POMDPs for Dummies: Page 4
Back | POMDP Tutorial | Next  # Background on POMDPs We assume that the reader is familiar with the value iteration algorithm for regular discrete Markov decision processes (MDPs). However, we will need to differentiate these from POMDPs which we could also call a discrete Markov decision process. Therefore, we will refer to the more familiar MDPs as CO-MDPs, emphasizing that they are completely observable.

Adding partial observability to an MDP is not a trivial addition. Solution procedures for CO-MDPs give values or policies for each state. Use of these solutions requires the state to be completely known at all times and with complete observability this presents no problem. Partial observability clouds the idea of the current state. No longer is there certainty about the current state which makes selecting actions based on the current state (as in a CO-MDP) no longer valid.

A POMDP is really just an MDP; we have a set of states, a set of actions, transitions and immediate rewards. The actions' effects on the state in a POMDP is exactly the same as in an MDP. The only difference is in whether or not we can observe the current state of the process. In a POMDP we add a set of observations to the model. So instead of directly observing the current state, the state gives us an observation which provides a hint about what state it is in. The observations can be probabilistic; so we need to also specify the observation model. This observation model simply tells us the probability of each observation for each state in the model.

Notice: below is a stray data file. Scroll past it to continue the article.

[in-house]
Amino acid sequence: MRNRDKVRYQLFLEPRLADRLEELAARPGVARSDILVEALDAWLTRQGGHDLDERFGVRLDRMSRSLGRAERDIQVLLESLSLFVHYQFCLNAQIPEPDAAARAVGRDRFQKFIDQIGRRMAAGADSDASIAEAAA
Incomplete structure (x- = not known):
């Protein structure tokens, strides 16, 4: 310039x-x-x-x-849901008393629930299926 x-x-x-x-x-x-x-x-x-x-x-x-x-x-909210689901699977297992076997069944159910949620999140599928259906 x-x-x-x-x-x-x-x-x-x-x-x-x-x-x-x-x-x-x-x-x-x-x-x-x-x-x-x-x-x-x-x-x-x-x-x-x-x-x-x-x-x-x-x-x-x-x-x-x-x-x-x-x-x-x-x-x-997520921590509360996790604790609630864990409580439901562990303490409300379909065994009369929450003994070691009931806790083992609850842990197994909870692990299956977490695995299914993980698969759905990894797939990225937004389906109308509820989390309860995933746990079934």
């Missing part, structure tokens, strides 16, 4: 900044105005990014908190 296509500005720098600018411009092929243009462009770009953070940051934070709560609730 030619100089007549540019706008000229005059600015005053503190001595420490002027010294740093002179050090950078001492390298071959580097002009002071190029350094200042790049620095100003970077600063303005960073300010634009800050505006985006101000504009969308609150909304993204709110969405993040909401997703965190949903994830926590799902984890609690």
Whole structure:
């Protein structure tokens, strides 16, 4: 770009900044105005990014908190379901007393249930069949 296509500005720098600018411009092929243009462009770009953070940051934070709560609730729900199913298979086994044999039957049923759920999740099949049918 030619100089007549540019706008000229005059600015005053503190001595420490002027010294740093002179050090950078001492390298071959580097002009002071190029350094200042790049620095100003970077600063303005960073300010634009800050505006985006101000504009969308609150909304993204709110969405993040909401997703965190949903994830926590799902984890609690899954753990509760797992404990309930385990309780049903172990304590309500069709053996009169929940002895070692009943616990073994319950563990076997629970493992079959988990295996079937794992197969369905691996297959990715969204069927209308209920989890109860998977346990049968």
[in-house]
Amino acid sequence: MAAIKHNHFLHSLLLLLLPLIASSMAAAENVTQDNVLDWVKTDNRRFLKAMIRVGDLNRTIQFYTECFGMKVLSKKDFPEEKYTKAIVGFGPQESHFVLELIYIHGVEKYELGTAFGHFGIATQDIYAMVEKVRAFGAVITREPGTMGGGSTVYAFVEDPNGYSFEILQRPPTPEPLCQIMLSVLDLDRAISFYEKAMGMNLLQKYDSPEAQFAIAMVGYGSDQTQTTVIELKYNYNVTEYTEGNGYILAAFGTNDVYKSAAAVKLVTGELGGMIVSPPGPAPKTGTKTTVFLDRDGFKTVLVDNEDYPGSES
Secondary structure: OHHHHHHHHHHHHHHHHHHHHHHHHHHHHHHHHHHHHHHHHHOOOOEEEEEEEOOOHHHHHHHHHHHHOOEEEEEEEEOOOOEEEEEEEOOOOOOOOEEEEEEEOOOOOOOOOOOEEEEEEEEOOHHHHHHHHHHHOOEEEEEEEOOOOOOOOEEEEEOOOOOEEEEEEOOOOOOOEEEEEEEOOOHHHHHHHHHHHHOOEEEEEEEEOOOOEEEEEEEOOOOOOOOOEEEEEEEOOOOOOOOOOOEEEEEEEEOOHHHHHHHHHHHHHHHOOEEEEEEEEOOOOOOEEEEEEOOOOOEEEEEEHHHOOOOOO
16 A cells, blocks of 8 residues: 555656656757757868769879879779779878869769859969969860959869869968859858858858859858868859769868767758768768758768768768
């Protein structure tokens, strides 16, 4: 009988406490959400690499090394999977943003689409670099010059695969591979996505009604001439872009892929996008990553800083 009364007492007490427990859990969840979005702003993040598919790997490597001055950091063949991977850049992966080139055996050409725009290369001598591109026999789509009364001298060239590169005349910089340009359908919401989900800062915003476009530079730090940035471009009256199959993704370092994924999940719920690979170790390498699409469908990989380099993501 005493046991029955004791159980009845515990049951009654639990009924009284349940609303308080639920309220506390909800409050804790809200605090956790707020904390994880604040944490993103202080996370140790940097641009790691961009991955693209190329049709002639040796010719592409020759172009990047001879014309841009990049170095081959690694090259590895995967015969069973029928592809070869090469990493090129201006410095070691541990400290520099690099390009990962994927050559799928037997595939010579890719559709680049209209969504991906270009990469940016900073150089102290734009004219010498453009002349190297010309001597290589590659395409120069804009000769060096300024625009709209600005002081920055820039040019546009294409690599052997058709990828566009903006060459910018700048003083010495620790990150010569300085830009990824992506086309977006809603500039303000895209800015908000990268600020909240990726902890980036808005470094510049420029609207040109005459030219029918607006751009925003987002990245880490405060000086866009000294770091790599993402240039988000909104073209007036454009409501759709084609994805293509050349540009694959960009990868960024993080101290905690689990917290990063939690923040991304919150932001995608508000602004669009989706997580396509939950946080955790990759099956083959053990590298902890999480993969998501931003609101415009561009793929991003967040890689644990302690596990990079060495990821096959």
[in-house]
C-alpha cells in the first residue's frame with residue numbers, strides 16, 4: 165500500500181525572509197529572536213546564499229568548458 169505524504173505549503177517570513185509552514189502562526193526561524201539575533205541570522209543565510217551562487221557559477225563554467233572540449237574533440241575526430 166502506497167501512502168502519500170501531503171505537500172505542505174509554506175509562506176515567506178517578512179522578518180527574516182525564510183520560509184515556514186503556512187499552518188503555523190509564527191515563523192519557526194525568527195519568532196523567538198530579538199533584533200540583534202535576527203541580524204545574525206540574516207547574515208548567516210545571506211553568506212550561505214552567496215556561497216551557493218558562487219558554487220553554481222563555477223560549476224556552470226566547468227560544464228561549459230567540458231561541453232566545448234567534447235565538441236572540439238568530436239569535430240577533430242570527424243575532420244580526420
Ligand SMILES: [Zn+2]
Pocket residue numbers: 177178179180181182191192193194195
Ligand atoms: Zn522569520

Although the underlying dynamics of the POMDP are still Markovian, since we have no direct access to the current state, our decisions require keeping track of (possibly) the entire history of the process, making this a non-Markovian process. The history at a given point in time is comprised of our knowledge about our starting situation, all actions performed and all observations seen.

Fortunately, it turns out that simply maintaining a probability distribution over all of the states provides us with the same information as if we maintained the complete history. In a CO-MDP we track our current state and update it after each action. Here this is trivial, because it is completely observable. In a POMDP we have to maintain this probability distribution over states. When we perform and action and make an observation, we have to update the distribution. Updating the distribution is very easy and just involves using the transition and observation probabilities. You'll have to take our word for this, since we are prohibited from showing you the formula.

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